Quilt for Baby Ellie

Ocean creatures in the corners added an extra surprise to this quilt.

I decided to add a fun little artistic element to the corners and drew, then stitched, little ocean creatures onto the white squares. It may be a little hard to see but each corner had it’s own little image – whale, starfish, crab, and jellyfish. Happily this seemed to jump out at people right away when they saw the quilt and I really enjoyed trying my hand at freehand drawn stitching.

Quilt for Baby Leighton

A bright addition to a dreary March day.

The second quilt was for my brother and sister-in-law’s new baby and this time I knew it was going to be a girl. Using some of the same cut out pieces from the first quilt, again I was able to dip into my stash to pick out some different patterns and colours for the top piece to make something specific and unique to the new baby. Because I made the second quilt a bit smaller I had to bulk it up with borders to increase the size and really like how the star gets framed.

Baby Quilt for Leighton

This time I used flannel for the backing to make it soft but I would say it was a bit of a struggle to hand stitch. I stencilled in pencil some small flowers all over the back so stitched with my 14” hoop from the back. Maybe it was not the best idea to do it from the back or maybe it was because of the two different types of fabric but I felt like it was hard to get the front to stay nice and tight in the hoop, while the back seemed fine. I also struggled a bit with the flower pattern as I think it was a bit small for this project and I spaced them too far apart. For hand stitching I use a wool batting and it is recommended that the spacing between stitches should not be more than 3” or 4”. I did think about adding some stars to fill in the gaps but when getting others’ opinions it seemed they thought just having the flowers was fine. I could have also added some ties in between to fill in the space which would have added a nice texture and dimension to the quilt. Time will tell how this quilt wears.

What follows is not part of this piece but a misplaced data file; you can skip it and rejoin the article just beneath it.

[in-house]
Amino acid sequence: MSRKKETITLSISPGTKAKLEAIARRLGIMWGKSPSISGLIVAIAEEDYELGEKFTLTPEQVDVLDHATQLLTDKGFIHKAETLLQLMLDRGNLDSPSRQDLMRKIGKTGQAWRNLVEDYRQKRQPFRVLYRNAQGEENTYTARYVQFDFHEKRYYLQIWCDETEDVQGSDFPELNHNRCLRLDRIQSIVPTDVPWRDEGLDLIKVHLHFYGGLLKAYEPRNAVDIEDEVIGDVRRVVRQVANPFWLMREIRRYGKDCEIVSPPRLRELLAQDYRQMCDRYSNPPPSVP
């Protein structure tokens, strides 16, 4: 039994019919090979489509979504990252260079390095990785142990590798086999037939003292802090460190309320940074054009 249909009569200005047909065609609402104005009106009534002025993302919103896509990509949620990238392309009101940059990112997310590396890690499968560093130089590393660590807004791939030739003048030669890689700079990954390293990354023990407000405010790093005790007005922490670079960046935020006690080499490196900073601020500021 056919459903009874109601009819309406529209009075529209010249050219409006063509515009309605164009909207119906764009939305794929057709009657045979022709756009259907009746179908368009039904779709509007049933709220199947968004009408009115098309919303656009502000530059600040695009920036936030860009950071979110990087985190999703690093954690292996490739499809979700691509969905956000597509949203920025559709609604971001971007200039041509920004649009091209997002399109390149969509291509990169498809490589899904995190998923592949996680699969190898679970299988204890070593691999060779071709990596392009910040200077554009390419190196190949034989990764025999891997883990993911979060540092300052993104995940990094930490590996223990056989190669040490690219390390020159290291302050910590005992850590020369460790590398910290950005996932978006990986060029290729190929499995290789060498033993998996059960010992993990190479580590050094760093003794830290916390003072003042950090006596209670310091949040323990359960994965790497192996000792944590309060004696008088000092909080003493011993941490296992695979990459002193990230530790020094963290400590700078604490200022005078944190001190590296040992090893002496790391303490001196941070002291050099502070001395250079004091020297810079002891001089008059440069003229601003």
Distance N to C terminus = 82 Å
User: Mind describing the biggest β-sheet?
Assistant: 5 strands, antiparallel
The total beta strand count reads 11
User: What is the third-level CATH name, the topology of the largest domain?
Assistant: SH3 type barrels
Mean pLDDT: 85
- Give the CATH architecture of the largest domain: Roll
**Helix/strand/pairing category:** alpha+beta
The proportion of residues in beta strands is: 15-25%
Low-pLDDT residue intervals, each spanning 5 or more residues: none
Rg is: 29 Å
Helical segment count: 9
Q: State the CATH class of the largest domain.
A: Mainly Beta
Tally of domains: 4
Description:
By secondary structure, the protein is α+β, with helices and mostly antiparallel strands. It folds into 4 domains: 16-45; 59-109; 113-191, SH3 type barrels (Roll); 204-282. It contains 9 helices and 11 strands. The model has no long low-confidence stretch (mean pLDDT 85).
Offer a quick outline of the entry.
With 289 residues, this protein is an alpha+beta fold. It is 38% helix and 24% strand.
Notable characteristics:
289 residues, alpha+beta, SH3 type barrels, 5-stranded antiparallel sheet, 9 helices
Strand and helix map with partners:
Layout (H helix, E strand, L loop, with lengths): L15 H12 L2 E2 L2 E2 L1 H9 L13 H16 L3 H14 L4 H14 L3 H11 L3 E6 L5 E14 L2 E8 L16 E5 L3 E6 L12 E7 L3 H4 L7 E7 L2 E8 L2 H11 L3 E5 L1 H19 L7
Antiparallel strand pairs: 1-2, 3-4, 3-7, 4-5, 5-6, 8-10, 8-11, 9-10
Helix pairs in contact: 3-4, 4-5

I really like how these two quilts have their own individual and separate feel even though they were made at the same time, with some of the same fabrics, and using the same large star pattern in the middle.

What Lies Beneath

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Tofino, British Columbia

A few years ago I took a road trip with the final destination being Tofino, BC. Tofino is a beautiful small surf town on the west coast of Vancouver Island surrounded by ocean and rainforest. While in one of the shops I bought some little round shell buttons and decided that I wanted to incorporate them into a quilt that commemorated the trip and the landscape.

Apart from hanging out around town, we also surfed, hiked, and tried our hand at paddle boarding. Paddle boarding is an amazing experience; to float on the surface and look down into the water and see little fish, coral, urchins, and starfish was definitely an inspiration for this quilt. I also wanted to incorporate the landscape. It rained quite a bit when I was there and you would get these huge expanses of grey sky and grey ocean, which intensified the surprise pops of colour found under the water.

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A grey day in Tofino.

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West coast marine life.

Originally I had planned to make a full sized quilt but I have quite a collection around here now so decided to do a wall hanging instead (33″ x 38″). My plan was to sew the fabrics I’d picked into a geometric pattern with no real tangible link to the real world. Something about that idea wasn’t grabbing me though and I was having trouble committing to it and begin cutting. It wasn’t until I took some time and rethought about what I was trying to achieve that I began to form a picture of what the quilt would finally become. This happens to me quite a lot and this process can mean that the idea either ruminates in my mind for days or weeks, or in the case of a quilt still to come—years, or result in me sketching out multiple ideas until I am satisfied. Even then a quilt will evolve as I go, as in the case of “A Painting for a Quilt”.

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Tofino inspired quilt.